Ridgefield's school bus rate to increase under new contract, but district looks to future savings

A school bus heads towards Ridgefield High School on Thursday afternoon at the end of the school day. January 21, 2016, in Ridgefield, Conn.

A school bus heads towards Ridgefield High School on Thursday afternoon at the end of the school day. January 21, 2016, in Ridgefield, Conn.

H John Voorhees III / Hearst Connecticut Media

RIDGEFIELD — The rate the school district pays for school buses will increase under a newly approved contract with its transportation company, but education officials are still looking for savings. 

Ridgefield schools have extended the contract with First Student for the next five years. Next year, the rate per bus per day will go up 4.5 percent and then each subsequent year, it will go up 4.25 percent. The bus contract expires at the end of the school year.

"The Board opted to negotiate a five-year renewal, signed in December rather than go out to bid as we have seen other districts in CT increase more than 20 percent during the bid process," said Jill M. Browne, Ridgefield Public Schools finance director, to Hearst Connecticut Media. "The large bid outcomes we have seen are likely due to the shortage of drivers and increased fuel costs in the current climate. Our five year renewal secures a 4.5 percent increase the first, followed by 4.25 percent in the remaining four years. These figures are significantly less than we have seen in other Connecticut communities who have gone out to bid this fall, and we are pleased to continue our partnership with First Student."

In a Jan. 9 presentation to the Board of Education, Christopher Wojciechowski, senior consultant for the firm Transportation Advisory Services, analyzed possible cost savings in transportation for the coming year. He spoke in depth about reducing the number of buses, condensing routes, and increasing ridership.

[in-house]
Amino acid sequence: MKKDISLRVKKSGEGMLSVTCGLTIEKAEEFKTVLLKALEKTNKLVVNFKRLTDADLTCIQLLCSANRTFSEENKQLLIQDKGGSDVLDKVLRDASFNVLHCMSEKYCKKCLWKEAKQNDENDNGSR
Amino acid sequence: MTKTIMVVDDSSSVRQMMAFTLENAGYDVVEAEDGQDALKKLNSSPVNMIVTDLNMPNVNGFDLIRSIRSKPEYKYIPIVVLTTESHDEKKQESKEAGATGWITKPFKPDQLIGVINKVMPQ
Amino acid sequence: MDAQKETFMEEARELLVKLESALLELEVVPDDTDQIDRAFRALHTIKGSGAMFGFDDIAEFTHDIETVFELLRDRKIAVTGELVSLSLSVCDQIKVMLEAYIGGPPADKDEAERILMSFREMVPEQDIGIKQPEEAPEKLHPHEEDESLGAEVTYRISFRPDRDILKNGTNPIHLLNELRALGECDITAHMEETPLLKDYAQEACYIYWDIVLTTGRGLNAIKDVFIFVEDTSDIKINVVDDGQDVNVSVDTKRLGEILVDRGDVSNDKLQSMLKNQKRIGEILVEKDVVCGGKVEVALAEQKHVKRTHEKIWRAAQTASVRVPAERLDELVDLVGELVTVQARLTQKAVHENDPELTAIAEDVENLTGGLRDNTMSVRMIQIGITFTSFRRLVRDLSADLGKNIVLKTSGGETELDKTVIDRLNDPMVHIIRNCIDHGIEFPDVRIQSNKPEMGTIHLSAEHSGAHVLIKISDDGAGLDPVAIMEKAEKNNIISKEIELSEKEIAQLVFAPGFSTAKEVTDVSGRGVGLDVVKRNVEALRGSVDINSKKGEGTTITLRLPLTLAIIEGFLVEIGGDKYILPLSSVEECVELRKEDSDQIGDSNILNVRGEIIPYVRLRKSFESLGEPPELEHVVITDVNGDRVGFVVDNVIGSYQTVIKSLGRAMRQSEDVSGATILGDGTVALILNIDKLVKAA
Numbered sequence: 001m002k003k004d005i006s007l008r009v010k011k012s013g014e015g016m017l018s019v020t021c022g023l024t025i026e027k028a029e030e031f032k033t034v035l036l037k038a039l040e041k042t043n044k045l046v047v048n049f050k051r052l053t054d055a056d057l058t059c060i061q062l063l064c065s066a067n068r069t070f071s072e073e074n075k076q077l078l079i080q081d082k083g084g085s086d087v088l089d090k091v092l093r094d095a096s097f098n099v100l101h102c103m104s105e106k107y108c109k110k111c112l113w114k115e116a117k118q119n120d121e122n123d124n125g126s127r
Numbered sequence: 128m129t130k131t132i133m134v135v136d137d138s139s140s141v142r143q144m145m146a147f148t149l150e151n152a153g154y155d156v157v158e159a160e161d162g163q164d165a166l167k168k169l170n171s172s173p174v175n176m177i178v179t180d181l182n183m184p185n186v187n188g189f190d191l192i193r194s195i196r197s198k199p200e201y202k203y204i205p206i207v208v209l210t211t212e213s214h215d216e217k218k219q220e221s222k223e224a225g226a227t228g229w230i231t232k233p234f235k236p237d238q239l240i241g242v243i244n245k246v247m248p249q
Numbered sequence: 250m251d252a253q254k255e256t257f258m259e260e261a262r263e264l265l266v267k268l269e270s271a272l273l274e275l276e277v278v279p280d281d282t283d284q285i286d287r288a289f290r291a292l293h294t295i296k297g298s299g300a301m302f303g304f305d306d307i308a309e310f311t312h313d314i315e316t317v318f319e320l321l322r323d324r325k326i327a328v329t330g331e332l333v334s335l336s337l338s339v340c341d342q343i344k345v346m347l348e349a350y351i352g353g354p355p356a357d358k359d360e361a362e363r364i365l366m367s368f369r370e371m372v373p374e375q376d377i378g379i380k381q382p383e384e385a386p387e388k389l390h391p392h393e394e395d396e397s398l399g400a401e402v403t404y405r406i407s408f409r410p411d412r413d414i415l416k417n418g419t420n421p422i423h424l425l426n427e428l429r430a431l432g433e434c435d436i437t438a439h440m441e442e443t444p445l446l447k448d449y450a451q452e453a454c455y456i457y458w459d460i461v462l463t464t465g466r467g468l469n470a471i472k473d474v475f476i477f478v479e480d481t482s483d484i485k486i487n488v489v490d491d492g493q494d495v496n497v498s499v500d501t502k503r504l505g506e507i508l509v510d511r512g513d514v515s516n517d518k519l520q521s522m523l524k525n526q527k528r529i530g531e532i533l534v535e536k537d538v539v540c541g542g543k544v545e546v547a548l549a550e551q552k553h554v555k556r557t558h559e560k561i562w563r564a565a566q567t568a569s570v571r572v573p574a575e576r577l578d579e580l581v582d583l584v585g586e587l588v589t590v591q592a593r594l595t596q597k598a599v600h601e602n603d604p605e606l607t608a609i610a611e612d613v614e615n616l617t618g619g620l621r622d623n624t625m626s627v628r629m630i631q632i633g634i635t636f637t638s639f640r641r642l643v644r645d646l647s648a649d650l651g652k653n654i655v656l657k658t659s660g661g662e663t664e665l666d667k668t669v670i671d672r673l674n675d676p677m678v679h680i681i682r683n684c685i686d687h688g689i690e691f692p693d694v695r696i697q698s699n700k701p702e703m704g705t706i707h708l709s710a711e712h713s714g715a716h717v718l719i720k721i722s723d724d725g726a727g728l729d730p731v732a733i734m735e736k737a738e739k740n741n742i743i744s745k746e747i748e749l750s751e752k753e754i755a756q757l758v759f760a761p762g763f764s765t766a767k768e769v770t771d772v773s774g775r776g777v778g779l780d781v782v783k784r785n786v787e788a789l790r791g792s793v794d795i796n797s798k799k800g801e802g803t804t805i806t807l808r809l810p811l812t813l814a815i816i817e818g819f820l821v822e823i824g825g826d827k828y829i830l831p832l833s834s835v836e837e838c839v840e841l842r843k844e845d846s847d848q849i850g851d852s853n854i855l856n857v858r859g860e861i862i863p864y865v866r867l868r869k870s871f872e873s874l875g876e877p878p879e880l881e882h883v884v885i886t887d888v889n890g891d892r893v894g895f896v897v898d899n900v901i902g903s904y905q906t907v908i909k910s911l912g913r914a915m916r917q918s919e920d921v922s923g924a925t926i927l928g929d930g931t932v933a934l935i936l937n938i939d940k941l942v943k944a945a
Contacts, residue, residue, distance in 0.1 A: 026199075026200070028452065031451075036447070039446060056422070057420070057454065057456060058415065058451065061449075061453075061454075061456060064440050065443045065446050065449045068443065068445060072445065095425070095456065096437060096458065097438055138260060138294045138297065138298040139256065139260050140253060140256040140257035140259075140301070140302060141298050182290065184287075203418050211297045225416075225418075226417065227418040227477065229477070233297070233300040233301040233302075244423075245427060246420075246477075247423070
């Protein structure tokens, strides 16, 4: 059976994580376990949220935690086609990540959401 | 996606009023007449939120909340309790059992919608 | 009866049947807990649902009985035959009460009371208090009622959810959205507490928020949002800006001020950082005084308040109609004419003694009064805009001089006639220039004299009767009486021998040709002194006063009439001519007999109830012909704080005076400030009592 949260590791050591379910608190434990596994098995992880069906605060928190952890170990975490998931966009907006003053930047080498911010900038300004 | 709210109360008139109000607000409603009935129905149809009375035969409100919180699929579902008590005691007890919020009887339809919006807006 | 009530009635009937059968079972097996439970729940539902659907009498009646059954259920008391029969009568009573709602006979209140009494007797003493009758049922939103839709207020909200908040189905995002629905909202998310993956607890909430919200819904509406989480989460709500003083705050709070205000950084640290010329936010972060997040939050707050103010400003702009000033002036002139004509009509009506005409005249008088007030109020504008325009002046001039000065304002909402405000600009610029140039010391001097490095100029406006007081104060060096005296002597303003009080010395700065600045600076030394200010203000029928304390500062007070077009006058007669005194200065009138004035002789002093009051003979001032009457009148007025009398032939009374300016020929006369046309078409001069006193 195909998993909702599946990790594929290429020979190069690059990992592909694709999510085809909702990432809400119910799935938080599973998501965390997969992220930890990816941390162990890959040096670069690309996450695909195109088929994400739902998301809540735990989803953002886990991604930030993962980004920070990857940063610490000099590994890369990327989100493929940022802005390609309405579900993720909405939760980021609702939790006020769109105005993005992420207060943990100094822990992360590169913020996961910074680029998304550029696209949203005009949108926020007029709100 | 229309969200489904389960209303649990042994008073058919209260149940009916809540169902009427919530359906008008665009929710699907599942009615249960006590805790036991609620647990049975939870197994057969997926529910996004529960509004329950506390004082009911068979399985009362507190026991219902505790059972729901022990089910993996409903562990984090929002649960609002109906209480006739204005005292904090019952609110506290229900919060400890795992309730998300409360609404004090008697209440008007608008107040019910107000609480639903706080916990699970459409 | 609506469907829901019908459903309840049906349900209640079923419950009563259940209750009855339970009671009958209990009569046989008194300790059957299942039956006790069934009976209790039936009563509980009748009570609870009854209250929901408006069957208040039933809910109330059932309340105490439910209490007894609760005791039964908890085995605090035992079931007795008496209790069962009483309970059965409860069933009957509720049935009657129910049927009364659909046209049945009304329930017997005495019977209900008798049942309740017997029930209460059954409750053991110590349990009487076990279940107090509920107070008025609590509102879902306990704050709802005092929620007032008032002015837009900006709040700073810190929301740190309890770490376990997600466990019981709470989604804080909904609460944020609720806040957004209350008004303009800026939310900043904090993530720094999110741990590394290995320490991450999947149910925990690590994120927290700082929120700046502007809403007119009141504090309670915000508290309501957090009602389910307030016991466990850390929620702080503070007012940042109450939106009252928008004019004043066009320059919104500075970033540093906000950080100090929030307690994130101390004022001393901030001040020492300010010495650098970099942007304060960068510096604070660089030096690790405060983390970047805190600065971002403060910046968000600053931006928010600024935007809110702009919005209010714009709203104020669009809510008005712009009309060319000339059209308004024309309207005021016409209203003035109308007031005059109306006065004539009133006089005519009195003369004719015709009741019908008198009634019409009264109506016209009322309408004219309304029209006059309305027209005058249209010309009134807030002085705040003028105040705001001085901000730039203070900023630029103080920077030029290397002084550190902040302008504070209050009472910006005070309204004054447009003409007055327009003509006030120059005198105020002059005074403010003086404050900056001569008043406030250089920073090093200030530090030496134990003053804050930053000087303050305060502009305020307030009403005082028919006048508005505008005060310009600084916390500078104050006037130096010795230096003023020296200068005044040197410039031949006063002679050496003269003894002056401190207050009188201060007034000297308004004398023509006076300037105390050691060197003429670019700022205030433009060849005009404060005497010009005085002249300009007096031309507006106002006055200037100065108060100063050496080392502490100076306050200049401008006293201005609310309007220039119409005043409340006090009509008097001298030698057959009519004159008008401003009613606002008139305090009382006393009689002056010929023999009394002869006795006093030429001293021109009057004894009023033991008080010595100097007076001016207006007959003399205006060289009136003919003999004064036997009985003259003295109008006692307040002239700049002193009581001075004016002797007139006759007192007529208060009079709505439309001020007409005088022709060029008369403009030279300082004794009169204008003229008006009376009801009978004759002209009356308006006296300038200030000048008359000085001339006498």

Costs, buses

The proposed school transportation budget for 2023-24 has an increase of about 2 percent, or about $129,000 more than this year. The total cost for transportation is about $6.5 million. This makes up about 6 percent of the total budget.

Costs such as salaries for the director and van drivers are included in the proposed budget, as well as an estimate for fuel, Browne said.  

"The van driver wages are new to the budget and we have offset these salaries by decreasing the overall bus run amount by $200,000. Some route changes have already taken place with the two vans we currently are operating. We expect additional savings and route changes next year when we add two more vans to our internal fleet," Browne said.

Under the town's contract, Ridgefield has 31 large buses and 19 small buses. The district is paying for however long the bus operates each day. It's either four, five or six hours and based on a small bus and a large bus. 

"There is not much difference cost wise between those small buses and those large buses. It's my opinion that the number of small buses can be reduced," Wojciechowski said. He added, however, there are some challenges with Ridgefield and some of the roads where using the small buses may be necessary.

He said there's two main ways to achieve cost savings. Each bus is driving either to three or four schools. "To get savings, you would have to reduce one bus from each of the schools that it goes to," he said.

Ridership

The district recently performed an in-depth ridership audit, which is when bus drivers count which students are riding the bus in order to get an accurate look at who's riding the bus and who isn't on a fairly consistent basis. 

The audit showed usable capacity is 66 percent for middle- and high-schoolers. He said ridership compared to the "usable capacity" is lower than where the company would like Ridgefield to end up, Wojciechowski said.

"I like to use the word 'usable capacity' because you are not fitting 77 high schoolers on a large bus. In all reality, you're fitting 50 or 51 — and that's pushing it," he said. "We'd like to apply that rule to middle schoolers as well because you can have some very big middle schoolers as well."

He added the goal should be 85 percent ridership versus usable capacity as a target.

"It's not something that we think is probably even achievable, just with the size of the district and the way that the district's laid out," he said. "That  should be kind of the goal. Let's see how close to this we can get. We don't have to get our kids to school on 70 percent empty buses."